- Supreme Court Decision Lifts Ban on Corporate Pre-Election Political Ads - Rules on Corporate and Union Giving to Political Campaigns Significantly Loosened
- January 27, 2010 | Authors: Abbe F. Fletman; Kevin M. Greenberg
- Law Firm: Flaster/Greenberg P.C. - Philadelphia Office
The Supreme Court today overruled certain federal regulations of campaign expenditures by corporations. The decision would also likely extend to unions and other associations and will likely invalidate some state and local rules regulating political speech. Long-standing outright bans on corporate contributions in Pennsylvania and New Jersey are likely illegal, as is the executive order pertaining to union contributions signed yesterday by New Jersey Governor Chris Christie. Significant provisions of the City of Philadelphia’s campaign finance rules are also imperiled.
The Supreme Court’s 5-4 decision overturned campaign finance rules that trace their origins to the 19th Century and expressly reverses several key political decisions of the last 30 years. The court left intact certain disclosure and disclaimer requirements so that corporations that fund speech have to disclose their names.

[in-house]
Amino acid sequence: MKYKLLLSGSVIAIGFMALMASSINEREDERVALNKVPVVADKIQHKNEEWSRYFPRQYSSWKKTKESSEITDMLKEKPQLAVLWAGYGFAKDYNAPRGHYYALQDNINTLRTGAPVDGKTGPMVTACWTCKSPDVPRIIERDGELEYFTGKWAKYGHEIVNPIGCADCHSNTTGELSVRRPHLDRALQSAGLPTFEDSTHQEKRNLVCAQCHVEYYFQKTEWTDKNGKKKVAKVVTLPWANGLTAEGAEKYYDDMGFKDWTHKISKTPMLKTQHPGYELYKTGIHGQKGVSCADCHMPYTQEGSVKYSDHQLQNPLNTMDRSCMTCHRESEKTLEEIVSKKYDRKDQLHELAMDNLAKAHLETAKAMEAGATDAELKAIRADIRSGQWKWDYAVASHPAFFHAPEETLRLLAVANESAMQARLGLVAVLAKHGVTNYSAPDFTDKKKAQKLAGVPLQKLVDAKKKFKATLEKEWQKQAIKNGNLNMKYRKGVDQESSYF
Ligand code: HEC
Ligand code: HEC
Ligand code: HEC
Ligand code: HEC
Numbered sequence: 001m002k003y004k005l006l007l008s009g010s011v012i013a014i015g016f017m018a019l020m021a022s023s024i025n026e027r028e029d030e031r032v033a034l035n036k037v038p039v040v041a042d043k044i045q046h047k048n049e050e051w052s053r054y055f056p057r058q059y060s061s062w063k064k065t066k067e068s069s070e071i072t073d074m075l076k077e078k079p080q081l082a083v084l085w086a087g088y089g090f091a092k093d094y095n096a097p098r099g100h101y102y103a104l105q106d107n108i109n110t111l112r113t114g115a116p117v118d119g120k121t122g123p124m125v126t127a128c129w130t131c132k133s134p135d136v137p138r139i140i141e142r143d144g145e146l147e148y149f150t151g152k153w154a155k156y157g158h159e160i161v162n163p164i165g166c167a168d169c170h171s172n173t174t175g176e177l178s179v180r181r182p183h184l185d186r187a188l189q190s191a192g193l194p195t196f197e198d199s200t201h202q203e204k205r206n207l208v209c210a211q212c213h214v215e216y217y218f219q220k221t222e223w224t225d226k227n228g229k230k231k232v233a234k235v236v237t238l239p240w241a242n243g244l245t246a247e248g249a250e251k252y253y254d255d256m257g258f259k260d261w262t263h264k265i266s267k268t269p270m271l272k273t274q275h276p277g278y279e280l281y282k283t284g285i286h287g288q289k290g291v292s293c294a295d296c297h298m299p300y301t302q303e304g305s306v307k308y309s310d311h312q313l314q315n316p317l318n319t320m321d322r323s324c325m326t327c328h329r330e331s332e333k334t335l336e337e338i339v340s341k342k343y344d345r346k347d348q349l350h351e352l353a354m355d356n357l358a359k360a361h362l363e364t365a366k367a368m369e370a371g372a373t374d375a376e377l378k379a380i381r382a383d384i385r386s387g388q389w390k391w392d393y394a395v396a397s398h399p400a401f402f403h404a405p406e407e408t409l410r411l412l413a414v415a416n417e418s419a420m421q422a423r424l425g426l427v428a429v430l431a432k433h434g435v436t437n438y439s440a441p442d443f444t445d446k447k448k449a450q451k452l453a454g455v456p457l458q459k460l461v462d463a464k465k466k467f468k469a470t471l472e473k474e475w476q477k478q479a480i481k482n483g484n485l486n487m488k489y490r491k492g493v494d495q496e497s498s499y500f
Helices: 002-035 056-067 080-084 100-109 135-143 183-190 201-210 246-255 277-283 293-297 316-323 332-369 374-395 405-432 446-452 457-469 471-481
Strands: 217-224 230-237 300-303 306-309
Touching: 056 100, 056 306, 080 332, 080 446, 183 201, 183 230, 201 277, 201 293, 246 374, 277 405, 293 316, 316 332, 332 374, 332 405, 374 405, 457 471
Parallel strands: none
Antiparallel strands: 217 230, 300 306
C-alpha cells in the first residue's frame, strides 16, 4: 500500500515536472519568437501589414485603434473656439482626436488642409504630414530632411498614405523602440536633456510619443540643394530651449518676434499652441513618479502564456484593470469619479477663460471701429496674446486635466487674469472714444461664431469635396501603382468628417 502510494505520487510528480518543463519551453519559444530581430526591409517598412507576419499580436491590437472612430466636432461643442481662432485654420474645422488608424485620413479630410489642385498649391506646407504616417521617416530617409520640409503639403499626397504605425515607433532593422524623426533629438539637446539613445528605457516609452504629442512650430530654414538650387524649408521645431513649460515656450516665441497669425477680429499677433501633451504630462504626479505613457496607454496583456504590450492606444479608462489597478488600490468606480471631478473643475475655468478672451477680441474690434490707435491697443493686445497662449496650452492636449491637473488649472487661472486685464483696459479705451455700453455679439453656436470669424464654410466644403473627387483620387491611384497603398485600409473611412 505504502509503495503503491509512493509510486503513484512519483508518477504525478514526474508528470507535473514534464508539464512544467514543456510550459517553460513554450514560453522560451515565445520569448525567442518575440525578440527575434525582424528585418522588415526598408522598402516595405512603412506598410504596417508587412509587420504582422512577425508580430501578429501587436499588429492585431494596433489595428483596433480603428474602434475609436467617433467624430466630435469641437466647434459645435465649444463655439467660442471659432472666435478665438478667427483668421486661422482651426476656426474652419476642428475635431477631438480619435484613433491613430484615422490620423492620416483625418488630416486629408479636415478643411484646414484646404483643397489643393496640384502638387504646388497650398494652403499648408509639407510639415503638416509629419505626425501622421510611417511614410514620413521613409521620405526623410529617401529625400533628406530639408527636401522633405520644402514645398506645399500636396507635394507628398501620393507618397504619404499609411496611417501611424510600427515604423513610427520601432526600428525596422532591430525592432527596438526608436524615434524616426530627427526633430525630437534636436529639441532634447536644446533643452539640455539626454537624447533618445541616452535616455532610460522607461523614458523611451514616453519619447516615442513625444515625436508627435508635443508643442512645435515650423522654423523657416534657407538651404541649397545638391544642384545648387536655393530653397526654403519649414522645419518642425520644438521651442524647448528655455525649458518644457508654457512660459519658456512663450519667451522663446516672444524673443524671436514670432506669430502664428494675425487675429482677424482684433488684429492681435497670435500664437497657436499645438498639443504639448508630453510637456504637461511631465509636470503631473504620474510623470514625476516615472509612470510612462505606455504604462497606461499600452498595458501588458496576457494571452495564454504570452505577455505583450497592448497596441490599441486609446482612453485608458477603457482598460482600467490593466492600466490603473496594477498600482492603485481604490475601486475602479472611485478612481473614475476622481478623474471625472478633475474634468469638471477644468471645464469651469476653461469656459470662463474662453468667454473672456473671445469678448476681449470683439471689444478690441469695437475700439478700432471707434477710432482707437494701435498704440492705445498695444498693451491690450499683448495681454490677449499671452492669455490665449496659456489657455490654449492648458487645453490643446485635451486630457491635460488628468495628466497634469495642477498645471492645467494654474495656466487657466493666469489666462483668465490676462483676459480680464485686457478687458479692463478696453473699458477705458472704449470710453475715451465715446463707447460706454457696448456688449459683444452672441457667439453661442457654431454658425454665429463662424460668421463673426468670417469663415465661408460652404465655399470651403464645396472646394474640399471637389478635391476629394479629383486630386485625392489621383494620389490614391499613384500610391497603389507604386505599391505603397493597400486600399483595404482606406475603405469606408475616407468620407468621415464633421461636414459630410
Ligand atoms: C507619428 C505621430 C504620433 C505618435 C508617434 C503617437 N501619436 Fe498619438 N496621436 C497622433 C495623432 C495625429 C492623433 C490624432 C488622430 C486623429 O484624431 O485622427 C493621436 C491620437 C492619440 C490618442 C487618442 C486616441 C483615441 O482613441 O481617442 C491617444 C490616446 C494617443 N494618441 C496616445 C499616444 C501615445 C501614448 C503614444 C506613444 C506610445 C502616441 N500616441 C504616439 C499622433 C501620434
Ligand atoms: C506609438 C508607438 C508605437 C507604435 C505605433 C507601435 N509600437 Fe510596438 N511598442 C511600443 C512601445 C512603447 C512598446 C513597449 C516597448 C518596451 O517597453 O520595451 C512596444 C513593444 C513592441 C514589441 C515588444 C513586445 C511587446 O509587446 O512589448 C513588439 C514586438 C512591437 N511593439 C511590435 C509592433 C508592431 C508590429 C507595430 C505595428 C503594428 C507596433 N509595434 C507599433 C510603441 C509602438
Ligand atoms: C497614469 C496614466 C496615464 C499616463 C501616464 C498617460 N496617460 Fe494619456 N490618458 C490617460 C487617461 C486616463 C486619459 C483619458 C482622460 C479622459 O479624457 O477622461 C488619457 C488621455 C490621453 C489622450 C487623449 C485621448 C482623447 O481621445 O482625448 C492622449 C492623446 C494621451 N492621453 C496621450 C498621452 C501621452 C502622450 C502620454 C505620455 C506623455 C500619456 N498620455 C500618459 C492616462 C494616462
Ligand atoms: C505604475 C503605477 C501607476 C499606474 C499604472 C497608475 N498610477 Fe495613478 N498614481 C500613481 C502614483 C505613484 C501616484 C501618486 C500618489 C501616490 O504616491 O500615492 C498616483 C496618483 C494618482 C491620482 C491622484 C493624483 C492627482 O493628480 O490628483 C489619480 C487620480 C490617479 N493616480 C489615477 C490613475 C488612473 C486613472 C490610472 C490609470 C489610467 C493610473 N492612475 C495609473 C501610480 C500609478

"This decision has been widely anticipated by the campaign finance community since oral argument," said Kevin Greenberg, co-chair of Flaster/Greenberg’s regulatory law and government relations practice group who counsels numerous campaigns, candidates and donors on federal and state election law.
"What is unclear is what this means in operation," said Greenberg.
Abbe Fletman, co-chair of Flaster/Greenberg’s regulatory law and government relations practice group, who has tried many of the leading Pennsylvania campaign finance cases, summarized the changes: "What is clear is that corporations and unions will have much wider latitude to use their resources to influence elections."
"This is going to be a very interesting election cycle as the law has to shake out, and new regulations may need to be issued, while crucial fundraising is underway," Greenberg stated. "The decision specifically focuses on what speech a corporation can make directly by purchasing airtime itself, or other ‘direct expenditures’, but the rationale may well extend to corporate contributions and other political speech." Although the case was focused on a ban on corporate political messaging within 60 days of an election and whether disclosures and disclaimers could be required, the case overturned precedents underpinning limits on advertising by corporations and other associations of individuals, including unions.
Greenberg also predicted that "there may be a rush by corporations and unions to contribute before anyone has a chance to impose meaningful regulation and the effect of this free-for-all will be an interesting experiment. I expect some people who have reached maximum donation limits to explore how to create new corporations, which could then donate further, at least until effective and enforceable regulations are developed."